Recognizing Amelanotic Melanoma In The Lower Extremity

Author(s): 
Bryan C. Markinson, DPM, FASPD

Case Study Five: Is The Keratotic Lesion A Wart Or Something Else Entirely?

In 2007, a very active 82-year-old female heard from a pedicurist that she had a wart on her heel and that she should see a podiatrist, which she did immediately. The podiatrist noted a keratotic lesion that resembled a wart but he was suspicious about it. Although the lesion had no pigment suggestive of melanoma and was not ulcerated, he decided that the appearance was not typical of a wart and performed a biopsy. The diagnosis was minimally invasive amelanotic melanoma.

   Upon referring the patient to me for definitive care, the treating podiatrist was unable to be more specific about what made him suspicious. The patient underwent wide excision with a skin graft along with sentinel lymph node biopsy (see above photo). Preoperative PET scanning was negative. She started on interferon therapy but discontinued this due to side effects. She soon completed a more personalized course with dosing spaced out to help minimize side effects.

   Interestingly, the patient recently underwent a follow-up PET scan (scheduled annually since her surgery) to search for signs of metastatic disease from the original tumor. There was a positive finding in one lower lung lobe, which turned out to be a primary lung malignancy. This was caught early and was totally resectable. As far as melanoma goes, she remains free of any evident disease.

In Summary

It only takes a brief review of the literature to realize that all forms of melanoma may present with amelanotic variants and may even masquerade as other lesions, even other tumors that do not rise to the level of urgency that melanoma does. This of course contributes to diagnosis at later stages of the disease. An additional complicating factor is that very often the history of the lesions may support another diagnosis such as trauma or foot ulcer. In the other extreme, there may be a rapidly developing process, from days to weeks, culminating in ulceration, bleeding and toenail lysis.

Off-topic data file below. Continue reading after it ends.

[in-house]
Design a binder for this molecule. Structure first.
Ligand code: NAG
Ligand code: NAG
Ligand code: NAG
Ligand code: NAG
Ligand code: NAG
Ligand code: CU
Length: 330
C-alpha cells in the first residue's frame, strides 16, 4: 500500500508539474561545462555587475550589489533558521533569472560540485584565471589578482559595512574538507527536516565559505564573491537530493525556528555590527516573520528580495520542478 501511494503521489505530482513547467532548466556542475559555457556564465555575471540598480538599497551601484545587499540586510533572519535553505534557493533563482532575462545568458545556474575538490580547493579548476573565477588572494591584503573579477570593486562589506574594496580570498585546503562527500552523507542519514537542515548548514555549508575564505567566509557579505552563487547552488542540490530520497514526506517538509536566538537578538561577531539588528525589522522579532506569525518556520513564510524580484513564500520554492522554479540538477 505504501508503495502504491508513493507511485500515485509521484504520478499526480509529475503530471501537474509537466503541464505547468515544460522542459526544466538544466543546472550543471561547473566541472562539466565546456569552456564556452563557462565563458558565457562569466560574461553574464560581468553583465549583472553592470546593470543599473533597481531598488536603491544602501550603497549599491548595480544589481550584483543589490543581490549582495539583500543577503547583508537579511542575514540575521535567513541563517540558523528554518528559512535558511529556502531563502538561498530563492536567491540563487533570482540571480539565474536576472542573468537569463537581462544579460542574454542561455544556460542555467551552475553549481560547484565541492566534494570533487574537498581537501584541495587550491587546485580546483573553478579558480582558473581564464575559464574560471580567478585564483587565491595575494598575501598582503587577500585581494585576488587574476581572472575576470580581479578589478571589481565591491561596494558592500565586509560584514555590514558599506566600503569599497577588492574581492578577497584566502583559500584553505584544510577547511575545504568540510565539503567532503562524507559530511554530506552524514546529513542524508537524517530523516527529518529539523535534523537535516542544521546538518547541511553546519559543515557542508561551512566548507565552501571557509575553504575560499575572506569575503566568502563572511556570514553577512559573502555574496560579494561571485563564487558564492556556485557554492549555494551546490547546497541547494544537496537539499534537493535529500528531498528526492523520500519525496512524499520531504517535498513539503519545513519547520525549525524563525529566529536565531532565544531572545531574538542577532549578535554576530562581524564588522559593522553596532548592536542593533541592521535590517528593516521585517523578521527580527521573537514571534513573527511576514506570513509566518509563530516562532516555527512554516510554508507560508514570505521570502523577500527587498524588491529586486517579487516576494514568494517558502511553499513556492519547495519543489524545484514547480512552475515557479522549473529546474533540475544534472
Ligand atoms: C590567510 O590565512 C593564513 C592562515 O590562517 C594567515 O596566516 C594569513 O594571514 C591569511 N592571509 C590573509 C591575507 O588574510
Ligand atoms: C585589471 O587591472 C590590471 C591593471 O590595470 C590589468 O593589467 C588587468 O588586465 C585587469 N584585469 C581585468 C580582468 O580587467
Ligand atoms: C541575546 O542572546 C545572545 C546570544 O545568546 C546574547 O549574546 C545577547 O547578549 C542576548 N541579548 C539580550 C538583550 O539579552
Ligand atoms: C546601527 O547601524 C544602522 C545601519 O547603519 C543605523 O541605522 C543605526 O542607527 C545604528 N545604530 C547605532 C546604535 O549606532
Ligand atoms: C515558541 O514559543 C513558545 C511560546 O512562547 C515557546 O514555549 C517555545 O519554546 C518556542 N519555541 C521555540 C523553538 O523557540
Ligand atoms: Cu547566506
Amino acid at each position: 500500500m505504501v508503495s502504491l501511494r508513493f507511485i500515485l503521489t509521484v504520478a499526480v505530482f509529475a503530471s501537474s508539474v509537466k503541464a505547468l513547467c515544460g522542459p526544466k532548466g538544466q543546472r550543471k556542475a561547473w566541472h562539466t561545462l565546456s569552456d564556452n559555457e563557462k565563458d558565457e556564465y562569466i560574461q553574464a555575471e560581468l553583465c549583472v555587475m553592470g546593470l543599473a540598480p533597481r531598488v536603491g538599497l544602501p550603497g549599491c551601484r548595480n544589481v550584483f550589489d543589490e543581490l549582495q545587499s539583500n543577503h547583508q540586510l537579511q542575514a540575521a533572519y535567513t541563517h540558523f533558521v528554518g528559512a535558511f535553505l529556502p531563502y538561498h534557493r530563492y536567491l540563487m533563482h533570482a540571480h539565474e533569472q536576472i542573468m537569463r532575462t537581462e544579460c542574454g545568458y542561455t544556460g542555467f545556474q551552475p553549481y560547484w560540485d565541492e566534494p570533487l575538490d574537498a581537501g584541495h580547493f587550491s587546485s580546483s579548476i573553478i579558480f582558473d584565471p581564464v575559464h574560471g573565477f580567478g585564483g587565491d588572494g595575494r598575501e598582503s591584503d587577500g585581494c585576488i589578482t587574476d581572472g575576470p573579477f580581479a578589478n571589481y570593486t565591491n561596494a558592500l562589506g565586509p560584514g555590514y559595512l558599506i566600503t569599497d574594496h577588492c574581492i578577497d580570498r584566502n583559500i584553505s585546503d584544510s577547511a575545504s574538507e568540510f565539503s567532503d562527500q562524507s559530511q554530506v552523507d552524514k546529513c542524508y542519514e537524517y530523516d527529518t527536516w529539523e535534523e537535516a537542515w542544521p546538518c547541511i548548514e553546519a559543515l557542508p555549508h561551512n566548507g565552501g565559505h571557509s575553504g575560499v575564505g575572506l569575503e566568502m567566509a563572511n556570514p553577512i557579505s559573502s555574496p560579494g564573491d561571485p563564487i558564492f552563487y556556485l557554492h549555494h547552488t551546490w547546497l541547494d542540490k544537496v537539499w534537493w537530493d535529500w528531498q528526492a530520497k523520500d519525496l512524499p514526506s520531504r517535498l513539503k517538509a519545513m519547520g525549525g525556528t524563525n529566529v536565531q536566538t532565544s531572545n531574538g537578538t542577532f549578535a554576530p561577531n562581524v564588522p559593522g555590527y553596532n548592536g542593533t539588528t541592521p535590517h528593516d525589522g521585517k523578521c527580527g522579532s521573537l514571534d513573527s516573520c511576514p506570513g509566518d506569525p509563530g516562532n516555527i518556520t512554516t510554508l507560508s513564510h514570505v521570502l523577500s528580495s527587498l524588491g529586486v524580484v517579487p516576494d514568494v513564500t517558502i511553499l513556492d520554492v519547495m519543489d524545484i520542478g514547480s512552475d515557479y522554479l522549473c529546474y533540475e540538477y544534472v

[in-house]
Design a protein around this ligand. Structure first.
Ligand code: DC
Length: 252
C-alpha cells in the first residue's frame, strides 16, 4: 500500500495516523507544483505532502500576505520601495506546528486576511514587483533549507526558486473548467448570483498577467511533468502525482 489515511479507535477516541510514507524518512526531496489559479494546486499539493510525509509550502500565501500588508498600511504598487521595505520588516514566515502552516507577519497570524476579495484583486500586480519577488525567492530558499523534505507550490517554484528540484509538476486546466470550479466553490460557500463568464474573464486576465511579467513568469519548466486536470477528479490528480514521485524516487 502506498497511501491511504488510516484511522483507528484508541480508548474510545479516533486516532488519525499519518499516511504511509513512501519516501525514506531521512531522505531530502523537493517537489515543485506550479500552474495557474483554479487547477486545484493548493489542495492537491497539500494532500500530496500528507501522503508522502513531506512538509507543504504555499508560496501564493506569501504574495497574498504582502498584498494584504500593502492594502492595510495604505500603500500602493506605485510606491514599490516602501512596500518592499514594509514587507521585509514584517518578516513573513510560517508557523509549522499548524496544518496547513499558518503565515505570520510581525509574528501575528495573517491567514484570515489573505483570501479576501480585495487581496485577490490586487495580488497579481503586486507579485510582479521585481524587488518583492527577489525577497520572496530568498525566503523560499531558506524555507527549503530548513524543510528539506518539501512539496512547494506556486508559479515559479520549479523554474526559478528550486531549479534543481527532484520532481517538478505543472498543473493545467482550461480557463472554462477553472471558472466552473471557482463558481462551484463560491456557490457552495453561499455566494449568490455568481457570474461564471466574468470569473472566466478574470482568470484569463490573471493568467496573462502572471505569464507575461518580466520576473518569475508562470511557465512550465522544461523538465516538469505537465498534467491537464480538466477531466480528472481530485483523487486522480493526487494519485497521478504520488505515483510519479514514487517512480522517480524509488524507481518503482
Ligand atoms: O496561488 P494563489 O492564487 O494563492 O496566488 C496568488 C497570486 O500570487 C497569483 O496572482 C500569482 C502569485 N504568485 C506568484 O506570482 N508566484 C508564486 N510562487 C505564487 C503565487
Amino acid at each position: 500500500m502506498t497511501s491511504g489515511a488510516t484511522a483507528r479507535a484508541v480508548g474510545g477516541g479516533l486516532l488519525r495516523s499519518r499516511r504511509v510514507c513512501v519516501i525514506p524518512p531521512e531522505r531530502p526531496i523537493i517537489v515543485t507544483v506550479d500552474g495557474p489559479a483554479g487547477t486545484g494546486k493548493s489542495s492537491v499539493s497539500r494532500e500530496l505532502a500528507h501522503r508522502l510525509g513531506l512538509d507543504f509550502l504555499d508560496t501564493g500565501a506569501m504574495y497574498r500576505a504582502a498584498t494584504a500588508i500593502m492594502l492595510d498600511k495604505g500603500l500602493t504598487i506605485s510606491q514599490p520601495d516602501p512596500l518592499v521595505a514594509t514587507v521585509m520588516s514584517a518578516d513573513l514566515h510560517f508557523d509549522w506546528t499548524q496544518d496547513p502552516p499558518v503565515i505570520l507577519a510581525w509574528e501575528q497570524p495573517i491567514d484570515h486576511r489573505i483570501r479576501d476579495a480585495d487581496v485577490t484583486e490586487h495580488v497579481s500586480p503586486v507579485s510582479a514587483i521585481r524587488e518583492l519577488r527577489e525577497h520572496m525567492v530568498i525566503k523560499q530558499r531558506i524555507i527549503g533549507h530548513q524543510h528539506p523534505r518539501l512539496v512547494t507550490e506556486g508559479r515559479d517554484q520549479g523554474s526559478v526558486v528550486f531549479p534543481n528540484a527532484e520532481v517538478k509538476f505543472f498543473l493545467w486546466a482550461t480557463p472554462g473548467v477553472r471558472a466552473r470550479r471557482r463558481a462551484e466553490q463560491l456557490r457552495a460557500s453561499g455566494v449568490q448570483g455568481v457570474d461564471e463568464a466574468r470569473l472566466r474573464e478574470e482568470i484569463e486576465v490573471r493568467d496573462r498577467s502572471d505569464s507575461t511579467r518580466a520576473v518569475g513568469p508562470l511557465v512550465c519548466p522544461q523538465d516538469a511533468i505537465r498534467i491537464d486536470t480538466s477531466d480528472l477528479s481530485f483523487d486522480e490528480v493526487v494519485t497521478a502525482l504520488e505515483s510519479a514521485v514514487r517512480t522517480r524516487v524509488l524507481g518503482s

We must be proactive in the early diagnosis of melanoma in all of our patients. (See “A Suggested Protocol For Obtaining Biopsies Of Lesions” at right.) The best way to do this is to set out on any one day and actively screen all patients for skin lesions to the level of the tibial tubercule, whatever the chief concern articulated by the patient. I am virtually certain that very soon, less than a few days even, you will come across lesions that cause some concern or doubt, and must, at a minimum, undergo histologic diagnosis. Whether you do the biopsy yourself or get a dermatology consult, you will be elevating your standard of care and saving lives for sure.

   Dr. Markinson is the Chief of Podiatric Medicine and Surgery in the Leni and Peter W. May Department of Orthopedic Surgery of the Mount Sinai School of Medicine in New York City. He is also an instructor in the Department of Dermatological Surgery at the Mount Sinai School of Medicine.

   Dr. Markinson is a Fellow of the American Society of Podiatric Dermatology. He is board certified by the American Board of Podiatric Orthopedics and Primary Podiatric Medicine.




Comments

The literature states that melanoma in the foot is rare for a specific reason: feet have been neglected by "regular" doctors. Since podiatry has shifted into the surgical realm, I suspect that the incidence of melanoma in the foot will rise.

Be prepared to be removed from the course of treatment if a malignancy is detected. No matter how credentialed a podiatrist you might be, there is no place in the regimen of care rendered to the melanoma patient but for reassurance.

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